Basic Rules of the Road by Kathy Bertone

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Find a parent who breezes through an airport with one suitcase and a carry-on, and I’ll show you a parent who left their child at home. Good planning will mean less stress and headache for you the entire visit, but there’s a fine line between dragging the entire contents of your home and leaving everything to chance. You want to be prepared, but not overburdened. So, what to bring?

Start with the basics. Consider this list and start checking off who will provide each item: you, your host, or a rental service. Thankfully, there are places, easily found on the Internet, where you can rent items like cribs and car seats (even bottle sterilizers), which can be delivered to your destination.

You   Host  Rental
_____ _____ _____ Crib or bassinet
_____ _____ _____ Playpen
_____ _____ _____ Sleeping bags
_____ _____ _____ Car seat
_____ _____ _____ Baby bottles and/ or medicines
_____ _____ _____ Specific foods/formula
_____ _____ _____ Baby monitor
_____ _____ _____ Breast-feeding equipment
_____ _____ _____ Diapers, diaper bag, baby wipes, powder, etc.
_____ _____ _____ Night-light
_____ _____ _____ Plastic sheets if your child may wet the bed
_____ _____ _____ Entertainment material
_____ _____ _____ Sports equipment, life preservers, sunglasses, lotion
_____ _____ _____ Stroller(s)
_____ _____ _____ Baby gates
_____ _____ _____ Appropriate clothing for the weather and activities planned

Share with your host the items on your list you are hoping they can provide. If you’re worried that your needs will sound like a list of demands from a spoiled ‘tweener—don’t. Most hosts will appreciate your thoughtfulness by not having to scramble to get things after you arrive. Once they know what you need, and if they don’t have it, it gives them the opportunity to ask a neighbor or friend to supply something for the time you will be there. Your host will let you know what is not available. Coordinating with them in advance is the key.

How you are getting to the visit makes a difference in what you can bring, or not. Know what is allowed on an airplane, bus or train. It is always best to call the transportation company ahead or check their website.

VISIT TIP: Take the time to research the place you will be visiting. Check to see where the nearest doctor, pharmacy, playground or park, theater, library, or pool is located. Although one would assume the host will know but Grandma may not have been water sliding in a long time!
If there are things your children can’t or won’t eat or are allergic to, let your host know. Your host will appreciate not spending time or money on things that won’t be consumed. Emailing a list ahead is a smart and reasonable thing to do. You can always add the words, “But if you were not planning on going to the market, no worries! I am happy to go after we arrive.” If your child only eats certain foods, and you are driving, bring some with you. Don’t expect your host to have specialty items unless you request them in advance.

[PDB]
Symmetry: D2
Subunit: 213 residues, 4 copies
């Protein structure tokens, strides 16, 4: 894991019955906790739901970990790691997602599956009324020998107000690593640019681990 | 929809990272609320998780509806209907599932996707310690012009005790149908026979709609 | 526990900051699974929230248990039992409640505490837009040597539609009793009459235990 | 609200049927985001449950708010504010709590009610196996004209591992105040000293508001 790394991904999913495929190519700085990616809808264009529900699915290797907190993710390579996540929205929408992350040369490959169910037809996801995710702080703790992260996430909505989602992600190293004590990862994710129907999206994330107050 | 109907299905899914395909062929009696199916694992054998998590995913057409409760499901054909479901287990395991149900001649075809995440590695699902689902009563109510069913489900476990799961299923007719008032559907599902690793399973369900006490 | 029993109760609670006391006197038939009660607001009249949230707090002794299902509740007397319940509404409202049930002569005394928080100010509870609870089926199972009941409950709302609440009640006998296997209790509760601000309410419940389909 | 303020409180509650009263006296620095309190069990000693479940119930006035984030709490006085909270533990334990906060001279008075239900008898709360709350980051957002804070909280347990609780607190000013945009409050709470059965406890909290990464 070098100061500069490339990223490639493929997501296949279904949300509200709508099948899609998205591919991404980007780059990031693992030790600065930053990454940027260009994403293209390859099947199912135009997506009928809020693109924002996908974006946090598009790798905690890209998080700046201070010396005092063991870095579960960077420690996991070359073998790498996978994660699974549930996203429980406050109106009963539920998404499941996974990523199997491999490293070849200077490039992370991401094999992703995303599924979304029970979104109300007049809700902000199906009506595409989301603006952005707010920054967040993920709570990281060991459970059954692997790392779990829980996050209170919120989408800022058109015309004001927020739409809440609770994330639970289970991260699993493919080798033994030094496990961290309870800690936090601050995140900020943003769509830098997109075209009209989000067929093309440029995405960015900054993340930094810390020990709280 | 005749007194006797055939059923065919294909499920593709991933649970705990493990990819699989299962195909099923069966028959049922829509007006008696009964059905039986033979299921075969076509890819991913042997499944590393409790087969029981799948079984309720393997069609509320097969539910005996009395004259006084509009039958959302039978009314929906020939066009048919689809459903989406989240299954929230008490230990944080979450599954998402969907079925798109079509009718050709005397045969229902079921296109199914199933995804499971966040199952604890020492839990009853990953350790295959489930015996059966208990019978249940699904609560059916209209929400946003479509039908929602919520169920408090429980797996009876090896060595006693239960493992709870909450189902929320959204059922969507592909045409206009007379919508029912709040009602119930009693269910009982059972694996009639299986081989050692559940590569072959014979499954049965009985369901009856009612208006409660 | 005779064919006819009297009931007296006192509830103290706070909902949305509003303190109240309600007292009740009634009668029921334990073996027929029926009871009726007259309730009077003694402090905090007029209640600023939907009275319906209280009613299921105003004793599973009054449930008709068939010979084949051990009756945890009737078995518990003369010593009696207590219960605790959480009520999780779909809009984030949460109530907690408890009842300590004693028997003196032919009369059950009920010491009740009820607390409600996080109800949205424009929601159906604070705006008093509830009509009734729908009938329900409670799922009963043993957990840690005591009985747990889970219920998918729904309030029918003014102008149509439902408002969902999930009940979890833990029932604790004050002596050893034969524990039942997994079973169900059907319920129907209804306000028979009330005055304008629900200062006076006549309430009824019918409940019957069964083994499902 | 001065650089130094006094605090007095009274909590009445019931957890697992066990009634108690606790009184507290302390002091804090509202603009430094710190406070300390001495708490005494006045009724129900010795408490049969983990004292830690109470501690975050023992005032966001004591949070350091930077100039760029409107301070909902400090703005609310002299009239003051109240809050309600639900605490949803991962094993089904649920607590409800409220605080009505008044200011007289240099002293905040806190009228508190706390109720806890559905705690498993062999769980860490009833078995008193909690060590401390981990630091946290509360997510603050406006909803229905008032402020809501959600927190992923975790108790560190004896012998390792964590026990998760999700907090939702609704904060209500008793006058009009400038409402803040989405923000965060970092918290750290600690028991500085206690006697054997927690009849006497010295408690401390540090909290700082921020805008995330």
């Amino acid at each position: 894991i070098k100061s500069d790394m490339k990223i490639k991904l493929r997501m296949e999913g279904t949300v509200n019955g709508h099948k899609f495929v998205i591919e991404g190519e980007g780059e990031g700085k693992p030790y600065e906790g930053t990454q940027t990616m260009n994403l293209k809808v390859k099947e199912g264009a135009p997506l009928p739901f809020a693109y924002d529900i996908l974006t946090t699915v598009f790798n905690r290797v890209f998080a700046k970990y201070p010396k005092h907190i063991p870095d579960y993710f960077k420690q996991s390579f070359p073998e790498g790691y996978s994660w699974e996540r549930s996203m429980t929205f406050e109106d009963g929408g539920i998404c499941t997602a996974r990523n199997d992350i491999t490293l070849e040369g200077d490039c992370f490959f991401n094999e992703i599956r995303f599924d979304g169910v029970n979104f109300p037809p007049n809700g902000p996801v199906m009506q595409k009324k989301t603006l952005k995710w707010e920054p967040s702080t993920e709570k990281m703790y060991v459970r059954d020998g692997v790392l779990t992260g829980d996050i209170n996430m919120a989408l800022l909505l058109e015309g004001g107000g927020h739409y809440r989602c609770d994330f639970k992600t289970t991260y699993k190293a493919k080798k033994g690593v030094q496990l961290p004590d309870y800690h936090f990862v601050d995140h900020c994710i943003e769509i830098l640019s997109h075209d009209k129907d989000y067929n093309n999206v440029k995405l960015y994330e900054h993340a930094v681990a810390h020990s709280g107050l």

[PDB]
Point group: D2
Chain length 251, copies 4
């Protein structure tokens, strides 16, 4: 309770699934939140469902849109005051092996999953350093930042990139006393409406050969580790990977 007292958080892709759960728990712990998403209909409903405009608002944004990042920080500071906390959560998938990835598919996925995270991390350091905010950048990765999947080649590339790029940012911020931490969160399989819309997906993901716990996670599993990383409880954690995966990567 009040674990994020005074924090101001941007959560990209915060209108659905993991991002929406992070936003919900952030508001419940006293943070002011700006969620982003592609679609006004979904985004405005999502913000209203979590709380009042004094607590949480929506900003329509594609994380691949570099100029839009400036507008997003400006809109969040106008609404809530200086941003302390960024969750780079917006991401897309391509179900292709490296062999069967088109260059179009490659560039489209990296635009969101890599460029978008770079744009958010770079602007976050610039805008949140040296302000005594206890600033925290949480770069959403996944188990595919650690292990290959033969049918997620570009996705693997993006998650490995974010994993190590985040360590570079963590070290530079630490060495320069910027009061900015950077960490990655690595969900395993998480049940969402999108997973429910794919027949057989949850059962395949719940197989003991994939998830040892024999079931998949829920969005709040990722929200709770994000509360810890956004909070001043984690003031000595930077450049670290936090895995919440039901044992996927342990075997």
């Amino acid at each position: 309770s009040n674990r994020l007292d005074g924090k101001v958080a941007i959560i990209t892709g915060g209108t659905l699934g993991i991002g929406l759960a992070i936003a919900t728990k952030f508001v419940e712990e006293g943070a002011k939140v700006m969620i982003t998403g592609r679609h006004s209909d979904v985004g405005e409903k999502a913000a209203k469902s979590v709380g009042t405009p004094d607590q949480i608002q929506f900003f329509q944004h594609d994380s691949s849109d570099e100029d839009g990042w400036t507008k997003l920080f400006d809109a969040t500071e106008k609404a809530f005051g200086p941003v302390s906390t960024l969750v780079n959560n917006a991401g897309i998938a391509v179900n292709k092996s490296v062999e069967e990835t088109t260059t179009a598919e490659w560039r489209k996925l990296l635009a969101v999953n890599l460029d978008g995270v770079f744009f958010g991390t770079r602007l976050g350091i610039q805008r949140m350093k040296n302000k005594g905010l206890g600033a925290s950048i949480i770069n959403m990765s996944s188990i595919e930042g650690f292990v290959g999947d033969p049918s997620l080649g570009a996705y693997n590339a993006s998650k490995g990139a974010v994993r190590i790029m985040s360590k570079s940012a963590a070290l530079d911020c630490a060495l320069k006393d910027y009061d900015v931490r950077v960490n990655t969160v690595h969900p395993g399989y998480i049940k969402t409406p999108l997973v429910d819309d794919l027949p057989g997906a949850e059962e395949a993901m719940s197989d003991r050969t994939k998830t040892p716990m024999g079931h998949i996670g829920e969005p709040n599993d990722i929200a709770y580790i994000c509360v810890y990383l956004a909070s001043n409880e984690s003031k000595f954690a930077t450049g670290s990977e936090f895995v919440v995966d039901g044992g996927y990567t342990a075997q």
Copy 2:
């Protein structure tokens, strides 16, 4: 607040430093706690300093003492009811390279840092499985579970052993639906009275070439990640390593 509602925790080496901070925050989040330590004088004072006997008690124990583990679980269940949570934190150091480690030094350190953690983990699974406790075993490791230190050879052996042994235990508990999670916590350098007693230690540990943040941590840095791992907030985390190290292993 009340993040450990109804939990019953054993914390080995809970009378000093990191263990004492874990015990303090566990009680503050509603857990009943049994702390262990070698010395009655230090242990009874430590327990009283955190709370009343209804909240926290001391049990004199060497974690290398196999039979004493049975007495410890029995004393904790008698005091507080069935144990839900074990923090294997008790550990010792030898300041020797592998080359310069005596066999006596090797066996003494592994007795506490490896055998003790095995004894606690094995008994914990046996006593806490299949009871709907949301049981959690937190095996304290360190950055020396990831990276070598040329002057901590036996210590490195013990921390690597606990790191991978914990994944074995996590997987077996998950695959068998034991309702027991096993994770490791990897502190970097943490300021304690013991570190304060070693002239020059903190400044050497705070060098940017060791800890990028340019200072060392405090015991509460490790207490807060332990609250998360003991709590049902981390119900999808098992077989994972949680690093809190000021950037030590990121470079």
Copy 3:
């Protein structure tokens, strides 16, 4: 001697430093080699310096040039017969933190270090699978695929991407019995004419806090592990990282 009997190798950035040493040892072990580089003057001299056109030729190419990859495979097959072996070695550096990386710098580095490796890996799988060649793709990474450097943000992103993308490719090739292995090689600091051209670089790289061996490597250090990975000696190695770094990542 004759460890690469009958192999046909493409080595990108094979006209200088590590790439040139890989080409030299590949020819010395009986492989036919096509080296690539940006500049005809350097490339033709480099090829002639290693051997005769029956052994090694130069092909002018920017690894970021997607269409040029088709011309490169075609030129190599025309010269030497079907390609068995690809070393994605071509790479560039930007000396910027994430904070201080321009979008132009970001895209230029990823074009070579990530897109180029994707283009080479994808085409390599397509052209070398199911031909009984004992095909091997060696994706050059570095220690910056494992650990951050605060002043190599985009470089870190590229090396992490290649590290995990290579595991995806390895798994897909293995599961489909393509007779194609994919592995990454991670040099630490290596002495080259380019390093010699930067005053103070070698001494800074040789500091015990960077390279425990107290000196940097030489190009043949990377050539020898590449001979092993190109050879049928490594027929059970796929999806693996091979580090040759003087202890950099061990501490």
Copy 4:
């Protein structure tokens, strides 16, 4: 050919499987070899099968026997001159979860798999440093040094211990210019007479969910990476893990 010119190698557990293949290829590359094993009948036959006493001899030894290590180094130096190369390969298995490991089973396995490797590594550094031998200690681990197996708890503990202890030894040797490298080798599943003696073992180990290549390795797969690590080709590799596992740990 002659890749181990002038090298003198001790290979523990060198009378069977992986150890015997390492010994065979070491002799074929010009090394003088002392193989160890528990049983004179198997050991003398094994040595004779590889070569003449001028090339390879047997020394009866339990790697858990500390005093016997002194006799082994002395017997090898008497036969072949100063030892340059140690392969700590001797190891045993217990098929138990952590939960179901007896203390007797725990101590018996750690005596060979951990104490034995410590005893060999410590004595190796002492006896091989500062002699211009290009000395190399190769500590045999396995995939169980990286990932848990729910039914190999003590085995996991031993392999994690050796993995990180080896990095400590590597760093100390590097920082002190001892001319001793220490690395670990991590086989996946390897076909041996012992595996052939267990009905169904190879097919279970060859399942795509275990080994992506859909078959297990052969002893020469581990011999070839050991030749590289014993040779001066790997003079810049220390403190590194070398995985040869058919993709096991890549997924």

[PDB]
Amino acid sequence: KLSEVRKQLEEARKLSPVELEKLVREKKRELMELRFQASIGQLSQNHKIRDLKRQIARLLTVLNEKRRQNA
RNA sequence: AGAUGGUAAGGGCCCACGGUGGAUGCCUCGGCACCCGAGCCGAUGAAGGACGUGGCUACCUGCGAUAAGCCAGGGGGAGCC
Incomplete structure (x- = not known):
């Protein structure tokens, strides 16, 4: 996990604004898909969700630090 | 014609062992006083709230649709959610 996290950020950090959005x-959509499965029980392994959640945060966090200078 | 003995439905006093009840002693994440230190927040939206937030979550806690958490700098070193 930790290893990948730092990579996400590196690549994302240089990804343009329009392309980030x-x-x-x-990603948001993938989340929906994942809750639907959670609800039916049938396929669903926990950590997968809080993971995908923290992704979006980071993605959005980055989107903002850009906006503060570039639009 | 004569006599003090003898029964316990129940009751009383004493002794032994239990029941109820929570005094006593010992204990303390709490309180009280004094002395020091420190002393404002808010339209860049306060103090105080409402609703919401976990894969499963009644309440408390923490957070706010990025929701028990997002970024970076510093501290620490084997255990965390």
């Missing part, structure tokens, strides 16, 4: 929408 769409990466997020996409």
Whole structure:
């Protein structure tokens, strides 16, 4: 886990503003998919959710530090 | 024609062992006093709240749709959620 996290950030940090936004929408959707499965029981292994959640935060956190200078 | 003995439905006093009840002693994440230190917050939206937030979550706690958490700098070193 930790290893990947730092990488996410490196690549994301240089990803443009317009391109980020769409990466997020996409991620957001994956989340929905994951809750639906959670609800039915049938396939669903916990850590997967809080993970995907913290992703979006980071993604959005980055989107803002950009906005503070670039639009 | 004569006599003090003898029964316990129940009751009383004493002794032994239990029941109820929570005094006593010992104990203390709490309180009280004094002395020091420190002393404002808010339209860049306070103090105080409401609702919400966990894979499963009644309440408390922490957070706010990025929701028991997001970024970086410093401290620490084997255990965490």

Brush up on basics with your children before the visit. Go through the photo album and remind them who’s who. Teach, or remind, young men and women the importance of shaking hands with a solid grip and looking adults in the eye. Tell them what is not allowed and what behavior you expect, and what you hope they might enjoy during the visit. Remind them of basic manners, such as saying “please” and “thank you” and “may I?” Children are much more comfortable when they know how to behave and what is expected of them.

VISIT TIP: Help your child make, or simply bring, a gift for the host or the children of the host. Even children feel special when presenting a gift and proud not arriving empty-handed.

Don’t break your own rules just because you’re visiting. If you want your children to be in bed at a certain time, make it happen. You rule! If you don’t want them to drink sodas or watch a movie you think is inappropriate, don’t let them. Your host should respect your rules and support them.

Although difficult, do not allow your children to use electronic games or gadgets excessively. The point of the visit is for everyone to be involved with each other—to be inclusive—not reclusive. This is especially important, of course, when young ones are visiting grandparents.

When you get home have the child create, or pick out, a thank-you card for the host. No, this time email will not do. How artistic the card is makes absolutely no difference. The fact that it is handmade makes it beautiful. And the child will learn a valuable lesson from doing it.
About the author

Kathy Bertone, Naples, Florida, is the co-founder and former managing partner of a merger and acquisition firm located outside Washington, DC. For years, she and her husband have enjoyed entertaining friends and family in their three homes. She is the author of the new book, The Art of the Visit: Being the Perfect Host, Becoming the Perfect Guest. Visit www.theartofthevisit.com.

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